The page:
Chesapeake 2000 EPA Suit

EPA Signs Binding Commitment to Reduce Pollution; CBF and Partners' Lawsuit Achieves Goal!

CBF President Will Baker and EPA Deputy Administrator Bob Perciasepe(left to right) CBF President Will Baker & EPA Deputy Administrator Bob Perciasepe chat after the May 11 press conference.

A new day has dawned for the restoration of the Chesapeake Bay as the Chesapeake Bay Foundation (CBF), its co-plaintiffs, and the federal Environmental Protection Agency (EPA) on May 11, 2010, settled their lawsuit with a binding agreement that will require pollution to be reduced across the watershed. This historic settlement is a legally enforceable commitment that requires EPA to take specific actions by dates certain to ensure that pollution to local rivers, streams, and the Chesapeake Bay is reduced sufficiently to remove the Bay from the federal "dirty waters" list.

 

Settlement Summary

This historic settlement is a legally binding, enforceable document that requires EPA to take specific actions by dates certain to ensure that pollution to local rivers, streams, and the Chesapeake Bay is reduced sufficiently to remove the Bay from the federal "dirty waters" list.

The settlement mandates:

  • Reasonable assurances—The settlement outlines what "reasonable assurances" EPA will require of the states to support the Bay TMDL. The Bay TMDL will establish limits for all sources of nitrogen, phosphorous, and sediment in the Bay region. The states will be required to develop Watershed Implementation Plans (WIPs) explaining how they will meet the limits for all sources in each area of their state.
     
  • Consequences—The settlement identifies what consequences EPA will impose upon states and localities that fail to develop sufficient WIPs or meet their limits. One of those consequences could be that permits will not be issued to new sources of pollution. That could include new sewage treatment plants or major new developments.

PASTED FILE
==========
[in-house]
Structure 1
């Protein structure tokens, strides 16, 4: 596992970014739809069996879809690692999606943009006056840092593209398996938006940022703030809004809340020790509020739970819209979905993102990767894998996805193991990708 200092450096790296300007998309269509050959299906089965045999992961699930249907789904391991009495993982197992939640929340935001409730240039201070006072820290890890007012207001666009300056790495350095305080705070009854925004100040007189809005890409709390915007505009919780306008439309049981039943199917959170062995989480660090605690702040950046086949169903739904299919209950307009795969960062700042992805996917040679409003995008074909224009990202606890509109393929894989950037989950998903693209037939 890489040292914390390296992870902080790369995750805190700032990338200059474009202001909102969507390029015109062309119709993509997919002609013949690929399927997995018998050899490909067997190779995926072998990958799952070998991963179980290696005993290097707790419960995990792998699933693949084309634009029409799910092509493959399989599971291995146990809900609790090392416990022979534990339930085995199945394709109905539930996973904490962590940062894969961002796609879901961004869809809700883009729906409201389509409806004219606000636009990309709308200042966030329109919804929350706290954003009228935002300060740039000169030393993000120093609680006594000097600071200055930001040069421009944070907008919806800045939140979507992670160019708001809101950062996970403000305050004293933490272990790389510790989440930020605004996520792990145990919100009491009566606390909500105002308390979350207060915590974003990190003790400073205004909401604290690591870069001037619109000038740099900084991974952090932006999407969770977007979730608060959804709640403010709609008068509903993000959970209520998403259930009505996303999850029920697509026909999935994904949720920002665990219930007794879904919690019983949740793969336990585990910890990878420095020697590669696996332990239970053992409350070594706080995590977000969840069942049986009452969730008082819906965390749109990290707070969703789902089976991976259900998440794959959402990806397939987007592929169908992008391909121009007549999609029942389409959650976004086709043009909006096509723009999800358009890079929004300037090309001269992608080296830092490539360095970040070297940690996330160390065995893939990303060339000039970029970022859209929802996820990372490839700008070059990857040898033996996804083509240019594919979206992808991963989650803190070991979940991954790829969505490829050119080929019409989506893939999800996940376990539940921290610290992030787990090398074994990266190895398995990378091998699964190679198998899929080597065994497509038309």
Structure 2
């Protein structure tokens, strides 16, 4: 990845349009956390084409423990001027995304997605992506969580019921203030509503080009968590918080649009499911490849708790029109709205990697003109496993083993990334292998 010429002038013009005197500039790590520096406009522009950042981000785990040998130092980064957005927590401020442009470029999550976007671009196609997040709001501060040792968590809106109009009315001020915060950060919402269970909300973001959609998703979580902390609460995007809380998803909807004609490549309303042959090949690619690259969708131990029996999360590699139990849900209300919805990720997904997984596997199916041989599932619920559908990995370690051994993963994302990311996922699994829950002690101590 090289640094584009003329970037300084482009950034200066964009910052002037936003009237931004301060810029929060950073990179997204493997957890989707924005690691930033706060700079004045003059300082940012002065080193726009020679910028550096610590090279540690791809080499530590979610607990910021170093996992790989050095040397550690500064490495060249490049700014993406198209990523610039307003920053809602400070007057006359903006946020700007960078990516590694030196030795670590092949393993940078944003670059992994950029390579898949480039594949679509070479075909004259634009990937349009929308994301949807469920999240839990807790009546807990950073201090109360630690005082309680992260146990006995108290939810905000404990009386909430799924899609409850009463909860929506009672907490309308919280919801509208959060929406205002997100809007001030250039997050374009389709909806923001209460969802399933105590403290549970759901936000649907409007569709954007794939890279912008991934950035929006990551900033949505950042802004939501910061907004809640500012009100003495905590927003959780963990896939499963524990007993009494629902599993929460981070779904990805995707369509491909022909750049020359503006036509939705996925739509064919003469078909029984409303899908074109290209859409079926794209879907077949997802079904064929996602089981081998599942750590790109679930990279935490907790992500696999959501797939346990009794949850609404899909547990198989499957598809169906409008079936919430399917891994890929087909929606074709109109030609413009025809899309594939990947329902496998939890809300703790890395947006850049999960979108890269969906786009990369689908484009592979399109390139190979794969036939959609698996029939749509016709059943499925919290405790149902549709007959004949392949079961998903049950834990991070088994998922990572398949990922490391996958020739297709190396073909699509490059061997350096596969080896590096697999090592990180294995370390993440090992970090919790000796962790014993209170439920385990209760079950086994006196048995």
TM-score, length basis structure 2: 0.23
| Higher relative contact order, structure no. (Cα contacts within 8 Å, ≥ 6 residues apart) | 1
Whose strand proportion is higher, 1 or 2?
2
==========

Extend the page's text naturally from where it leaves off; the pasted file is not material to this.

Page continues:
• Offsets—The settlement requires that the states offset all new nitrogen, phosphorous, and sediment loads. In the settlement EPA has agreed that each state's WIP will provide offsets for new or increased permitted discharges.
     
  • Dates certain—The settlement establishes dates identifying when EPA will complete development of a Bay TMDL and when the states are to provide WIPs.
     
  • Tracking—The settlement requires EPA to develop a tracking system that is publically available and which describes whether increased pollution from new, small sewage treatment plants and industrial dischargers have been included in calculating whether the state or local jurisdiction is meeting its new limits. CBF has recently seen an increase in small sewage treatment plants that are below EPA's permit threshold.
     
  • EPA agrees that one of the biggest sources of pollution in the Bay region is urban stormwater and that this form of pollution is growing. EPA agreed to:
    • a) review all new construction general permits (those that apply to categories of construction) drafted by Bay states and make sure they meet federal standards;
    • b) by July 31, 2010 develop a guidance for major municipal stormwater permits in the Bay region; and
    • c) by Nov. 19, 2012, take final action on industrial and municipal stormwater regulations.
       
  • Reducing pollution from agriculture—The settlement commits EPA to proposing new regulations for controlling pollution from agriculture by Dec. 15, 2012 and taking final action by Dec. 15, 2014.
     
  • Addressing air pollution—Under the settlement EPA will require an allocation for air deposition of nitrogen from the states in the Bay TMDL, so that some portion of the total nitrogen budget will be attributed to air pollution.
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